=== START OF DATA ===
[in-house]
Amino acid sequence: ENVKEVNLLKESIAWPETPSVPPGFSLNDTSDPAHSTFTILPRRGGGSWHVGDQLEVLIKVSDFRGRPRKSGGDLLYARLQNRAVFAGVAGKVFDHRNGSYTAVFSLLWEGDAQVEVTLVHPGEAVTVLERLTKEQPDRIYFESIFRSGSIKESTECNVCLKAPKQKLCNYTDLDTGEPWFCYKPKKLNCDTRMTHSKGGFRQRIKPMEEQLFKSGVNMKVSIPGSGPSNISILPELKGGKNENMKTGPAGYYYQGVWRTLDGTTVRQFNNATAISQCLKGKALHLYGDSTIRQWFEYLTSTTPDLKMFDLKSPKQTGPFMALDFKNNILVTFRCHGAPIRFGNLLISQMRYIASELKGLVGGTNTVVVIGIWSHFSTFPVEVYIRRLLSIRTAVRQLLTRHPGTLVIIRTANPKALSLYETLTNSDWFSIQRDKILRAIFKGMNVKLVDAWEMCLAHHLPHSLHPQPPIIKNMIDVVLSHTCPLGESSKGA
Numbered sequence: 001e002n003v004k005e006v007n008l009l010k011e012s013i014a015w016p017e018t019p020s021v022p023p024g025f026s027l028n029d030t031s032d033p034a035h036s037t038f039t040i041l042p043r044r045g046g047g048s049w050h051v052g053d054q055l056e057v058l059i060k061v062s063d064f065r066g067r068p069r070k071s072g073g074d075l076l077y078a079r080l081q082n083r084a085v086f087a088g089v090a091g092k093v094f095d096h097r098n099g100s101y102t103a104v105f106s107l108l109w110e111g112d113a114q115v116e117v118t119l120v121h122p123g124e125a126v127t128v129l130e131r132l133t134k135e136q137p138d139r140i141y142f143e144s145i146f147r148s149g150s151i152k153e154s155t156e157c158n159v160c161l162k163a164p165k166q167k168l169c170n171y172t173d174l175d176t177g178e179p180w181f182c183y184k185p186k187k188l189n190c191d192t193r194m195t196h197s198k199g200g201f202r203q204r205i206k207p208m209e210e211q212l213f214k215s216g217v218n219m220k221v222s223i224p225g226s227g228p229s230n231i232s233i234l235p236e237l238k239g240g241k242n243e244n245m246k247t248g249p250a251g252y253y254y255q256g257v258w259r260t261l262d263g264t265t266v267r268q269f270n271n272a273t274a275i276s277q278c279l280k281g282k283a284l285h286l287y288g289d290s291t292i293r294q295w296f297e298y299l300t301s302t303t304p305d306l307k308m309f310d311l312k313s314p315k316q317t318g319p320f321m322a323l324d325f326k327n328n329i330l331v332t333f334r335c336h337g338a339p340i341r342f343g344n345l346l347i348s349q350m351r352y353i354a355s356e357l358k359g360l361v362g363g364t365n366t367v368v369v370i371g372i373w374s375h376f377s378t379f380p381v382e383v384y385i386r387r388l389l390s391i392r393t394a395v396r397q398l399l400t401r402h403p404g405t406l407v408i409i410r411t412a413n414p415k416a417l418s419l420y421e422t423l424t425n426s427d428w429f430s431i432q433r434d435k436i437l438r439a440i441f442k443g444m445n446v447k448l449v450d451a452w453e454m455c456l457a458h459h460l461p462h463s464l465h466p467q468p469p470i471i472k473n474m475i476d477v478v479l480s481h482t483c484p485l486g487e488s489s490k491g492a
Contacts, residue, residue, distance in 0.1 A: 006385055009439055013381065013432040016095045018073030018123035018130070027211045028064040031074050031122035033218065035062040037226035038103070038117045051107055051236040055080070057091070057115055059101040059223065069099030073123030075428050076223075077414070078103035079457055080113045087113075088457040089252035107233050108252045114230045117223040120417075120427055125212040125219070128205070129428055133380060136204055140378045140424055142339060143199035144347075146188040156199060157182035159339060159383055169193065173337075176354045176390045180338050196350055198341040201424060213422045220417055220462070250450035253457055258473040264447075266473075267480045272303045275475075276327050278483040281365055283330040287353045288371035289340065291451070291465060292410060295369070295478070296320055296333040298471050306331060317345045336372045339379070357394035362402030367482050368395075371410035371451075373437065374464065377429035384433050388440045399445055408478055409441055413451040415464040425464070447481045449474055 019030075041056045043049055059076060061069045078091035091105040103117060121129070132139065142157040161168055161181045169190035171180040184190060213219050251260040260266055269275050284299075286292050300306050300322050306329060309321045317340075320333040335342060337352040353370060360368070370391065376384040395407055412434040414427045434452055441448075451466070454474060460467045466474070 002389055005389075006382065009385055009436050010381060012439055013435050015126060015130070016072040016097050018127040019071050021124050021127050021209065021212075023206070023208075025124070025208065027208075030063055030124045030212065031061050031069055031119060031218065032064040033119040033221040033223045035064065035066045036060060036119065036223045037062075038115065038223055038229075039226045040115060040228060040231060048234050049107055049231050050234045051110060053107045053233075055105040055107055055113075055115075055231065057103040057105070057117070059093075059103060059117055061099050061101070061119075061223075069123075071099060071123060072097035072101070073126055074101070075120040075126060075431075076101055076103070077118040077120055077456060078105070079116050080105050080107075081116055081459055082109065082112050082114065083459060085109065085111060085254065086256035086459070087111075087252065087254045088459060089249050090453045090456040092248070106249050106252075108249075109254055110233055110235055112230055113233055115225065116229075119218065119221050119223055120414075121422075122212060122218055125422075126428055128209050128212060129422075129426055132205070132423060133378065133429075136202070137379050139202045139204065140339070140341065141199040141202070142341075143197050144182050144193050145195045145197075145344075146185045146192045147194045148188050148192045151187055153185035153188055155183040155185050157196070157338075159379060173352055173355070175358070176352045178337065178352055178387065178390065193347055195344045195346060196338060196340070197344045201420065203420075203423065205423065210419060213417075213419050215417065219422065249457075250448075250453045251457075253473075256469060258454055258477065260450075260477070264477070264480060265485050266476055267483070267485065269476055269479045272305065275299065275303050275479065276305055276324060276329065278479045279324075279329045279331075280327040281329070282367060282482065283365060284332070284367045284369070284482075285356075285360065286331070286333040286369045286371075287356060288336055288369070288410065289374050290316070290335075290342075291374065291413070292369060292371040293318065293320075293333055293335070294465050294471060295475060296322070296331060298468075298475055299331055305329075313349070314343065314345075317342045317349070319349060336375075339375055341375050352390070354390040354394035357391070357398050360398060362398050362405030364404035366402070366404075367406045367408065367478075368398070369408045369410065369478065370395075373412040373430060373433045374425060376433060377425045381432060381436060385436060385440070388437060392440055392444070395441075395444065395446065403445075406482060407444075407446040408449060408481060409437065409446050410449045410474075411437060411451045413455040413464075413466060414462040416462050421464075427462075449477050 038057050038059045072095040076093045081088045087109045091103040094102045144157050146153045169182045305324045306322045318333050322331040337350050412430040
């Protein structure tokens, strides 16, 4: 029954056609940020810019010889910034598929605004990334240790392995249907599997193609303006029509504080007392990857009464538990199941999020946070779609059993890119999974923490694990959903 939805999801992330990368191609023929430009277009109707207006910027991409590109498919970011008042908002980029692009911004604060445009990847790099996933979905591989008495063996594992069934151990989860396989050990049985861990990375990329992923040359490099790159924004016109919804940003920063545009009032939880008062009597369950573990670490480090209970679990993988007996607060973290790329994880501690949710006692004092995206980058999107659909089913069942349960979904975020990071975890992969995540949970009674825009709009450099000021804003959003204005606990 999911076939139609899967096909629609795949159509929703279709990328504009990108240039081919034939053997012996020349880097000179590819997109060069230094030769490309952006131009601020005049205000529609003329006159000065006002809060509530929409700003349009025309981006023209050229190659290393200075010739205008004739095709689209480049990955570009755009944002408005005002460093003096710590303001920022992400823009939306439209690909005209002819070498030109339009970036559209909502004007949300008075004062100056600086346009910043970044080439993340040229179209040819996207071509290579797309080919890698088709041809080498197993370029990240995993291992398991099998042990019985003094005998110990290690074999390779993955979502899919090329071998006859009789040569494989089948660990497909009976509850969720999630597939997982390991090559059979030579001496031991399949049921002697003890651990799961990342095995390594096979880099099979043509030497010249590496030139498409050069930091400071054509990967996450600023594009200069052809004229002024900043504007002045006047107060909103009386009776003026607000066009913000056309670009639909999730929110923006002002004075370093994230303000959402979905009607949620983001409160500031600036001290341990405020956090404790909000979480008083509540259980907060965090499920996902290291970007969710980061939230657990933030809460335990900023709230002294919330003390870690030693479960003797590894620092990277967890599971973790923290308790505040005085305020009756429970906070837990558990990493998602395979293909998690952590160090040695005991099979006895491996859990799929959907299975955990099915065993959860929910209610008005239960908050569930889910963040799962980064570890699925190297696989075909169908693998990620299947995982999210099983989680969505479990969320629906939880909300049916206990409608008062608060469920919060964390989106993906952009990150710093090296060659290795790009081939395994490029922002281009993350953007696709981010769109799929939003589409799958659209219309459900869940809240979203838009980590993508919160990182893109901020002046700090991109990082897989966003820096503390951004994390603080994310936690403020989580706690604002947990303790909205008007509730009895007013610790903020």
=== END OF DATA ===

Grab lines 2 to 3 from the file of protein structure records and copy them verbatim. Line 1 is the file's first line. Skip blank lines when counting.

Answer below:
Amino acid sequence: ENVKEVNLLKESIAWPETPSVPPGFSLNDTSDPAHSTFTILPRRGGGSWHVGDQLEVLIKVSDFRGRPRKSGGDLLYARLQNRAVFAGVAGKVFDHRNGSYTAVFSLLWEGDAQVEVTLVHPGEAVTVLERLTKEQPDRIYFESIFRSGSIKESTECNVCLKAPKQKLCNYTDLDTGEPWFCYKPKKLNCDTRMTHSKGGFRQRIKPMEEQLFKSGVNMKVSIPGSGPSNISILPELKGGKNENMKTGPAGYYYQGVWRTLDGTTVRQFNNATAISQCLKGKALHLYGDSTIRQWFEYLTSTTPDLKMFDLKSPKQTGPFMALDFKNNILVTFRCHGAPIRFGNLLISQMRYIASELKGLVGGTNTVVVIGIWSHFSTFPVEVYIRRLLSIRTAVRQLLTRHPGTLVIIRTANPKALSLYETLTNSDWFSIQRDKILRAIFKGMNVKLVDAWEMCLAHHLPHSLHPQPPIIKNMIDVVLSHTCPLGESSKGA
Numbered sequence: 001e002n003v004k005e006v007n008l009l010k011e012s013i014a015w016p017e018t019p020s021v022p023p024g025f026s027l028n029d030t031s032d033p034a035h036s037t038f039t040i041l042p043r044r045g046g047g048s049w050h051v052g053d054q055l056e057v058l059i060k061v062s063d064f065r066g067r068p069r070k071s072g073g074d075l076l077y078a079r080l081q082n083r084a085v086f087a088g089v090a091g092k093v094f095d096h097r098n099g100s101y102t103a104v105f106s107l108l109w110e111g112d113a114q115v116e117v118t119l120v121h122p123g124e125a126v127t128v129l130e131r132l133t134k135e136q137p138d139r140i141y142f143e144s145i146f147r148s149g150s151i152k153e154s155t156e157c158n159v160c161l162k163a164p165k166q167k168l169c170n171y172t173d174l175d176t177g178e179p180w181f182c183y184k185p186k187k188l189n190c191d192t193r194m195t196h197s198k199g200g201f202r203q204r205i206k207p208m209e210e211q212l213f214k215s216g217v218n219m220k221v222s223i224p225g226s227g228p229s230n231i232s233i234l235p236e237l238k239g240g241k242n243e244n245m246k247t248g249p250a251g252y253y254y255q256g257v258w259r260t261l262d263g264t265t266v267r268q269f270n271n272a273t274a275i276s277q278c279l280k281g282k283a284l285h286l287y288g289d290s291t292i293r294q295w296f297e298y299l300t301s302t303t304p305d306l307k308m309f310d311l312k313s314p315k316q317t318g319p320f321m322a323l324d325f326k327n328n329i330l331v332t333f334r335c336h337g338a339p340i341r342f343g344n345l346l347i348s349q350m351r352y353i354a355s356e357l358k359g360l361v362g363g364t365n366t367v368v369v370i371g372i373w374s375h376f377s378t379f380p381v382e383v384y385i386r387r388l389l390s391i392r393t394a395v396r397q398l399l400t401r402h403p404g405t406l407v408i409i410r411t412a413n414p415k416a417l418s419l420y421e422t423l424t425n426s427d428w429f430s431i432q433r434d435k436i437l438r439a440i441f442k443g444m445n446v447k448l449v450d451a452w453e454m455c456l457a458h459h460l461p462h463s464l465h466p467q468p469p470i471i472k473n474m475i476d477v478v479l480s481h482t483c484p485l486g487e488s489s490k491g492a